Expansion planned for Gloucester County trade school

By By Rita Giordano, Inquirer Staff Writer

Published: Tue, Jan. 6, 2009

The Gloucester County Institute of Technology plans a $16 million expansion that will grow the academics-and-trade school's student body by almost 56 percent. The school's adult education enrollment also would come close to doubling, according to school and county officials.

Last week, the county freeholders approved a $16 million bond ordinance, $6.8 million of which is proposed to be reimbursed by the state, to pay for a 60,000-square-foot expansion. The work includes additional classrooms, a gymnasium and a cafeteria expansion as designed by Garrison Architects of Mt. Laurel. Officials hope it will be complete for fall 2010.

The expansion will enable GCIT's secondary school to expand from 900 to more than 1,400. Adult education will advance to 1,000 students.The high demand at GCIT goes hand-in-hand with the county's population growth. The Delaware Valley Regional Planning Commission projects that between 1990 and 2010, Gloucester County will see a 27 percent increase, to 292,486 residents.

School officials anticipate no problems filling the new slots."We have a large pool of applicants," said Eileen Shute, GCIT's director of admission. "This is to address their needs." With four people applying for each opening, Shute said GCIT turned away about 750 prospective secondary students this school year alone.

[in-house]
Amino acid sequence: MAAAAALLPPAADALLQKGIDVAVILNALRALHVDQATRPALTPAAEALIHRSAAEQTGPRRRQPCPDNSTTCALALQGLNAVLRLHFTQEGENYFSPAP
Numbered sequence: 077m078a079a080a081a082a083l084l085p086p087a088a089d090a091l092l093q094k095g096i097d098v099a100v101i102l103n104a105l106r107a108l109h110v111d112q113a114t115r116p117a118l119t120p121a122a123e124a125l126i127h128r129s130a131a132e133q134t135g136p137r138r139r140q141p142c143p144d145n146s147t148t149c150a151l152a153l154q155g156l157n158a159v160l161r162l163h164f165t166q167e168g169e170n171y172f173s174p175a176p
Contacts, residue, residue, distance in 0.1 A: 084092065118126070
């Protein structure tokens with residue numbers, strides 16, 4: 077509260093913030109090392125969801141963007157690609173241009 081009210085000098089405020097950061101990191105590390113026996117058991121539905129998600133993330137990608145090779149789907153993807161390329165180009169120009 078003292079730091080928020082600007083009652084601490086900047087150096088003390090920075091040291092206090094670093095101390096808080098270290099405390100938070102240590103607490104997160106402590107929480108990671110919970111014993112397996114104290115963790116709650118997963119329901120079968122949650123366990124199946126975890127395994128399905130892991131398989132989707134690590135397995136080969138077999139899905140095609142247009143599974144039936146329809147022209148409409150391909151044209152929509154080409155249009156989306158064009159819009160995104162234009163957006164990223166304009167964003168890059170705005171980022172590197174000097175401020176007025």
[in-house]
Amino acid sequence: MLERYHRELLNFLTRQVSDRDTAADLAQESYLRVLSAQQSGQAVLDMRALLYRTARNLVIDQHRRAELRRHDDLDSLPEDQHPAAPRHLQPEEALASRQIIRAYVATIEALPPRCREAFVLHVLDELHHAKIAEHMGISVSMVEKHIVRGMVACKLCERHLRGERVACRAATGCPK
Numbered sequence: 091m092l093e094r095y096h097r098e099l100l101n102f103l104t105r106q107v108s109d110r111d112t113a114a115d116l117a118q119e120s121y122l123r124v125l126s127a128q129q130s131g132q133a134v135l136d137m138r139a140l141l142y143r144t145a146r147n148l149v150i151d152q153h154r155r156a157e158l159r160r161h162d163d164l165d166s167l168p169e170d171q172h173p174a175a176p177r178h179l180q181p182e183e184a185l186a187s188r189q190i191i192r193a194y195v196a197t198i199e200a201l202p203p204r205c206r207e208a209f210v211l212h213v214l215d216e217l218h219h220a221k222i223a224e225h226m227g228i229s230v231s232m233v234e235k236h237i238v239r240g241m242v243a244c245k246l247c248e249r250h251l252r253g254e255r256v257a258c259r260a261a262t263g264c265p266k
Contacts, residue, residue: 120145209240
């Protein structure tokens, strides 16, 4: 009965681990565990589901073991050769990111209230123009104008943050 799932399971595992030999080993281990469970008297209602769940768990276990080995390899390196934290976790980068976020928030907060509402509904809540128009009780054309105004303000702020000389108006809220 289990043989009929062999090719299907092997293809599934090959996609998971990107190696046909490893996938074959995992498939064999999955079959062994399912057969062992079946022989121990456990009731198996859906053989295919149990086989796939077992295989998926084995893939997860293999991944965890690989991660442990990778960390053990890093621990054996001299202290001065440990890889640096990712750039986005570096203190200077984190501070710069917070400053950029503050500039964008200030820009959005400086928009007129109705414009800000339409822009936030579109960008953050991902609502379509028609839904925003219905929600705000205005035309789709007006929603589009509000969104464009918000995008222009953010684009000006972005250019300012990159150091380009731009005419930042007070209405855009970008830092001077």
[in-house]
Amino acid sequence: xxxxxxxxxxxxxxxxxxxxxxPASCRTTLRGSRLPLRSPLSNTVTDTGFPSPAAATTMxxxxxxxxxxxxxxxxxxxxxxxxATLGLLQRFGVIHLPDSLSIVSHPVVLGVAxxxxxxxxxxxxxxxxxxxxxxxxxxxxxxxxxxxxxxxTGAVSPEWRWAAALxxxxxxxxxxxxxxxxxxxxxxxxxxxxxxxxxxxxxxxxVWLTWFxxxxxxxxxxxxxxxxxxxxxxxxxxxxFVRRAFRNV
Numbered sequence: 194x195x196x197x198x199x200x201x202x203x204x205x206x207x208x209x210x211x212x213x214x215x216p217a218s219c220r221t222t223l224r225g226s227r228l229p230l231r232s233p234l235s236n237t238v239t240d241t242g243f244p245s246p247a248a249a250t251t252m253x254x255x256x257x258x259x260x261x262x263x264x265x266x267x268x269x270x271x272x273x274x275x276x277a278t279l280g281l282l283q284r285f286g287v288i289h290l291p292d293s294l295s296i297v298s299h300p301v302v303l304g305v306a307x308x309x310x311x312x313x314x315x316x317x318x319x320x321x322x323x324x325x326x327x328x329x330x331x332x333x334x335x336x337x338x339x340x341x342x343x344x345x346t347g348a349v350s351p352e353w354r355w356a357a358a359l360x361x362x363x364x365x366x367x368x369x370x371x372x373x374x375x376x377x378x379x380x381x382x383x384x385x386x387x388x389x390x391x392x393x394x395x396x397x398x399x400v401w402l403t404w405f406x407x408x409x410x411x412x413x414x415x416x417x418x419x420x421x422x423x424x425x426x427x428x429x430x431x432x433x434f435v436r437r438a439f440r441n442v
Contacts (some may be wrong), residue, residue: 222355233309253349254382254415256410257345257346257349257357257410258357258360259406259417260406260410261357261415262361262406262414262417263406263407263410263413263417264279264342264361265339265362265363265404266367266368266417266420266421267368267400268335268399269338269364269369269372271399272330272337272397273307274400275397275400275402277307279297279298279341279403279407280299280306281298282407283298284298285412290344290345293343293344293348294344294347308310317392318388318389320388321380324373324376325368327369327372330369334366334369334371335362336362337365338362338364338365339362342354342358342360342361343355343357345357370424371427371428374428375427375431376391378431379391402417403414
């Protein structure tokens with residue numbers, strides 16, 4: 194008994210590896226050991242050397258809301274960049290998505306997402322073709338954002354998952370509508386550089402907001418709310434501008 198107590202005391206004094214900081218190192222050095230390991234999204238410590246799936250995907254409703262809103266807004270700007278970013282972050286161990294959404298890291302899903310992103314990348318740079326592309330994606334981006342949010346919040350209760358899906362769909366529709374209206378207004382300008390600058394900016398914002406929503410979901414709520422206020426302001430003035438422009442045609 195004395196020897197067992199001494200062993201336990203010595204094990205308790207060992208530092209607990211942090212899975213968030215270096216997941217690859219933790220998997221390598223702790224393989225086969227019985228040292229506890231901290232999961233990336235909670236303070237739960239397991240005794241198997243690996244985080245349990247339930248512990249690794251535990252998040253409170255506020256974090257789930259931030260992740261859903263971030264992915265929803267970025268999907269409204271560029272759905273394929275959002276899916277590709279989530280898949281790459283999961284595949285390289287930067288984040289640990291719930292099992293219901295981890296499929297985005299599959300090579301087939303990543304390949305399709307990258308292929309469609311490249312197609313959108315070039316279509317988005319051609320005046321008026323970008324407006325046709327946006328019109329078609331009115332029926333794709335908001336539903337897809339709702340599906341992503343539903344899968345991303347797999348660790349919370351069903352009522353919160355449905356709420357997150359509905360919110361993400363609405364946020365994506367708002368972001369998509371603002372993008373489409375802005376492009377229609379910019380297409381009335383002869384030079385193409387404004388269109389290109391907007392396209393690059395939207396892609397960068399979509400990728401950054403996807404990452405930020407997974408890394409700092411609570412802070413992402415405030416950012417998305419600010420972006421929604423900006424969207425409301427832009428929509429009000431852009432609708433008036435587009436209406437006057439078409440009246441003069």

Shute said the expansion would focus on the areas in most demand - slots in the Academy of Allied Health and Medical Science and in GCIT's four career-technical programs. Those include cosmetology, culinary arts, construction, and transportation technology.

GCIT secondary students can choose one of those four vocational education programs and opt for a college preparation or general academic track. In addition, the school has four college-preparatory academies. Besides health and medical science, there are finance and business management, information technology and digital communications, and performing arts.

GCIT also has a program for seniors at high schools to come get training for careers in emergency response, fire science and law enforcement.

GCIT students already can earn college credits at Gloucester County College. School and county officials say they are working on a more formal program that will enable GCIT students to start to earn their associate's degrees in their junior year of high school and complete it in their first year at community college.

 

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